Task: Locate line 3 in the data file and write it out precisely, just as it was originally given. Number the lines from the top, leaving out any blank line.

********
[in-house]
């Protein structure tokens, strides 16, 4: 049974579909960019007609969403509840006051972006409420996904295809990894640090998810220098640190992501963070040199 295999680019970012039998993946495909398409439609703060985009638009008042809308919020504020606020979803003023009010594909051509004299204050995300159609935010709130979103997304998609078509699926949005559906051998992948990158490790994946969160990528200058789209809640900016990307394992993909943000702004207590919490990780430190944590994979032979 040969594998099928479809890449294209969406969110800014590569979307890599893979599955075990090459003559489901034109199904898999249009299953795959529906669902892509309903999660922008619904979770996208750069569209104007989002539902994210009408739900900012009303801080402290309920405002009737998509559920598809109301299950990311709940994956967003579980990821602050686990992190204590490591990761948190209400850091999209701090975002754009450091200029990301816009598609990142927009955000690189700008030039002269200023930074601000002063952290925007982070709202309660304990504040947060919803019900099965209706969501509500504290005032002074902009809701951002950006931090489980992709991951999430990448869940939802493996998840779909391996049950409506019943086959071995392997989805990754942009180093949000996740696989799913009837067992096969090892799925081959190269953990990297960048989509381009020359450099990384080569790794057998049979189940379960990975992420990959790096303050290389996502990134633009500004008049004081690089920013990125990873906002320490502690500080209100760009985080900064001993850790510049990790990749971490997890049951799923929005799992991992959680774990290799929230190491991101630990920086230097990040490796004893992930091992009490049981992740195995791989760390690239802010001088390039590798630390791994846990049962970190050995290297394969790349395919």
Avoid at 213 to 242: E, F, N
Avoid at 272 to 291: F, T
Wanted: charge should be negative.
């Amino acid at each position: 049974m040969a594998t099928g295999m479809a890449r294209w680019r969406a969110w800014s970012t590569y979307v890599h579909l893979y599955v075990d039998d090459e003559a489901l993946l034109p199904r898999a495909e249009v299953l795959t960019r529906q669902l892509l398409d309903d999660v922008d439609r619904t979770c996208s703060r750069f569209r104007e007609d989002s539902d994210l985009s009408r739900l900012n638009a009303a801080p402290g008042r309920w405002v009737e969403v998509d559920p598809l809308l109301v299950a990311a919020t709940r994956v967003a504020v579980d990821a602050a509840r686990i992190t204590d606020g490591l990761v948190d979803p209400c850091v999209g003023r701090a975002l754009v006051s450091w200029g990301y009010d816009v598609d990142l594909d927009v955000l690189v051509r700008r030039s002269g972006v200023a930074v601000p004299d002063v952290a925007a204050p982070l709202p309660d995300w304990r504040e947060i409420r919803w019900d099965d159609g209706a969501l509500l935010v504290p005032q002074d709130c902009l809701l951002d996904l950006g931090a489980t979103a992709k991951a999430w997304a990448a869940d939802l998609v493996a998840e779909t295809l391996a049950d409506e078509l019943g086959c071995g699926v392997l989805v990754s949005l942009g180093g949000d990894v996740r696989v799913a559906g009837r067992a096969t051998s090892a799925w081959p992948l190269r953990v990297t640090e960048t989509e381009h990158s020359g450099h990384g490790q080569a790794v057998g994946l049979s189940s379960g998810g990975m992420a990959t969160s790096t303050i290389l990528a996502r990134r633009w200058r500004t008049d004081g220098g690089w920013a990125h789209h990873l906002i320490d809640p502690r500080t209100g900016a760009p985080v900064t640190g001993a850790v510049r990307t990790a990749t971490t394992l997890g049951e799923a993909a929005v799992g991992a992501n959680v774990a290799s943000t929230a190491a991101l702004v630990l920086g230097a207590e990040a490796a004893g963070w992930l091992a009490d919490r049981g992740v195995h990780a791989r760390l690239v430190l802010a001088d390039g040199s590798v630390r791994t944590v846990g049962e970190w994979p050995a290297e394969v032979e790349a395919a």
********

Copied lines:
Avoid at 213 to 242: E, F, N